As in many WSN literatures, we adopt an unit disk channel model (in some literatures, it is also known as lossless model) in this chapter. A source can communicate directly with all nodes   within   a   disk   centered   at   itself   with   a   communication   range   r,   but   cannot communicate with nodes beyond the disk. The link between a pair of nodes is also assumed to be symmetric, namely, if node A can receive packets from node B directly, then node B also can receive packets from node A directly. The disk model is often used in the theoretical analysis  of  WSNs.  There  are  other  realistic  channel  models  available  (such  as  log-normal shadowing  model  [17]).  These  realistic  channel  models  take  the  random  effect  of  noise, attenuation, shadowing and etc. into consideration. The communication between a pair of nodes  is  thus  characterized  by  PRR  (packet  reception  rate)  or  LP  (link  probability)  rather than  the  absolute  SS-distance.  In  this  chapter,  since  our  study  is  a  general  analysis  of  the statistical relationship between hop-count and SS-distance, we adopt the unit disk channel model so that the radio channel can be regarded as lossless, invariant and homogeneous.

B. Deployment model

We  assume  all  nodes  with  the  same  communication  range  r  are  randomly  deployed  in  a plane  according  to  a  two-dimensional  homogeneous  Poisson  point  process  of  density  λ. Furthermore, we require that all nodes deployed can form a fully-connected network. We make use of the WSN connectivity results presented in [18] to determine suitable values of λ so that all nodes deployed can form a connected network almost surely (probability greater than 0.99).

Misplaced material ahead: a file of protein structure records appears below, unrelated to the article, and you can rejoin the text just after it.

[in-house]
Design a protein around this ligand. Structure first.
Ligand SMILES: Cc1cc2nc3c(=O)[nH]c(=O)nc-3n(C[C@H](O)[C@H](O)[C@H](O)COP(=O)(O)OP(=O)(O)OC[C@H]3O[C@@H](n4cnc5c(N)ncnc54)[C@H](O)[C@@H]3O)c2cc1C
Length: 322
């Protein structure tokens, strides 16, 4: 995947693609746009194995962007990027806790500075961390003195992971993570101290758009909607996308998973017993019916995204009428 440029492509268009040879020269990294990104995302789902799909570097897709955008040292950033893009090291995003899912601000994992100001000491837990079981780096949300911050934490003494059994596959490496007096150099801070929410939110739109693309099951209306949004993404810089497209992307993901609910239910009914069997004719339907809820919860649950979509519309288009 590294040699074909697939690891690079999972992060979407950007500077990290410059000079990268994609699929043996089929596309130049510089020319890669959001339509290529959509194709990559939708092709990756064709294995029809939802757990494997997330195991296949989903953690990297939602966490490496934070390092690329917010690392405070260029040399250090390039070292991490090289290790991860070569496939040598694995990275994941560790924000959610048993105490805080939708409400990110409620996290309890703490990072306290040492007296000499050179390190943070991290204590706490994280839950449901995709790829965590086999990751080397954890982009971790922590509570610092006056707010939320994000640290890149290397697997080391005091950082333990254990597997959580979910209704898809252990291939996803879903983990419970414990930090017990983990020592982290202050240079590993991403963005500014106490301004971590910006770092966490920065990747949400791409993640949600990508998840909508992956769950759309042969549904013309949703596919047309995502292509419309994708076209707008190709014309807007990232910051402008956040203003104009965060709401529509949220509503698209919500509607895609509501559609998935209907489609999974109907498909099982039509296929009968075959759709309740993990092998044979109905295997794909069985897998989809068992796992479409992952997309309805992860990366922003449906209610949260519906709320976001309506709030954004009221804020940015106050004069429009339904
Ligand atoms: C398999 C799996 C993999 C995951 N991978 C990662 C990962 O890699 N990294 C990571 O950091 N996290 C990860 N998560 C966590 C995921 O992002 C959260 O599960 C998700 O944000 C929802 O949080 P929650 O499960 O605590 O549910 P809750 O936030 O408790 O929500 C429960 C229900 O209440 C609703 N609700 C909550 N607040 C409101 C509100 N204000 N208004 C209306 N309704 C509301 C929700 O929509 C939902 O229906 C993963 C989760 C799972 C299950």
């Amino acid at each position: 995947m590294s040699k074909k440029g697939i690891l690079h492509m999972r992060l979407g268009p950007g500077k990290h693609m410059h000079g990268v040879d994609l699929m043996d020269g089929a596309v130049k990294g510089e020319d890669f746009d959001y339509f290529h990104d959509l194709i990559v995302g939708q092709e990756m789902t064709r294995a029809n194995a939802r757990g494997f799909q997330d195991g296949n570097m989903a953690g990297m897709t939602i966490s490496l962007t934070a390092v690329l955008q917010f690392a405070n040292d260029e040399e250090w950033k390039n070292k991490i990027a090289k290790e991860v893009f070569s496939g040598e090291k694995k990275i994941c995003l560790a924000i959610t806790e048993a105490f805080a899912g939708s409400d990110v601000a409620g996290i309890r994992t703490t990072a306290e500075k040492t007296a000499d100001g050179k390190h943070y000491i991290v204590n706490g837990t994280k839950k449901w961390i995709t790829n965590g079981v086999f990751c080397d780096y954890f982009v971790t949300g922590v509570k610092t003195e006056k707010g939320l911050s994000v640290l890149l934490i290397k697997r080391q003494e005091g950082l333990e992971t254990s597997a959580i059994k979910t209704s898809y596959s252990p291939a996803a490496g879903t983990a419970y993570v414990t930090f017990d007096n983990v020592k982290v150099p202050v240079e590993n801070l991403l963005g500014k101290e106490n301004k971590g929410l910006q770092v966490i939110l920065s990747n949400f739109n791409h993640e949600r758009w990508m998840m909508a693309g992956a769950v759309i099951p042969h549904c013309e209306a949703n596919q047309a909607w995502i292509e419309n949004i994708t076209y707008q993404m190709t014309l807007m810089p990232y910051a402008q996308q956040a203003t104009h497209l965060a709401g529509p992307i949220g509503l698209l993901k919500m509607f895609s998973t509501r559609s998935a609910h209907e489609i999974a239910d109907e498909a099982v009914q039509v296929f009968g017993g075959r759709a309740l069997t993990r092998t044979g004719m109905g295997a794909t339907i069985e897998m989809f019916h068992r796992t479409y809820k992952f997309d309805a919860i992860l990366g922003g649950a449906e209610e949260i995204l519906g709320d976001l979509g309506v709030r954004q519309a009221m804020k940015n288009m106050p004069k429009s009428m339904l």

C. Topology model

Based on the channel and deployment model, we can model the WSN as an undirect graph G. A graph G(V,E) consists a set of vertices (nodes) and edges (links), the set of vertices and edges  are  denoted  by  V  and  E  respectively.  The  shortest  network  path  between  vertices

i  (i  ∈V)  and  vertices  j  (j  ∈V)  is defined  as  the  path  that  travels  through  the  minimum number of edges from i  to j. Therefore, the number of edges traveled is actually the hop- count between i and j. There are many algorithms proposed in the literature to set up the shortest network path in a WSN. These algorithms are out of the scope of this work. In this chapter, we assume that the network paths and the hop-counts between all node pairs have already been set up in advance.

Convolution of Successive Progress

In this section, we propose a method termed CSP (Convolution of Successive Progress) to compute  the  K-hop  connection  probability  in  two-dimensional  WSNs,  i.e.  P(h  =  K|d).  We then  extend  the  CSP  method  to  compute  the  K-hop  connection  probability  in  three- dimensional networks.


A formal definition of the K-hop connection probability is given in this subsection. Let h and d  denote  the  hop-count  and  distance  between  a  pair  of  source  and  sink.  The  K-hop connection  probability  is  an  important  hop-distance  statistic  and  it  is  defined  as  the probability that the source can reach the sink in K number of multi-hop relays given that the

Related Posts

Comments are closed.

© 2024 Mechanical Engineering - Theme by WPEnjoy · Powered by WordPress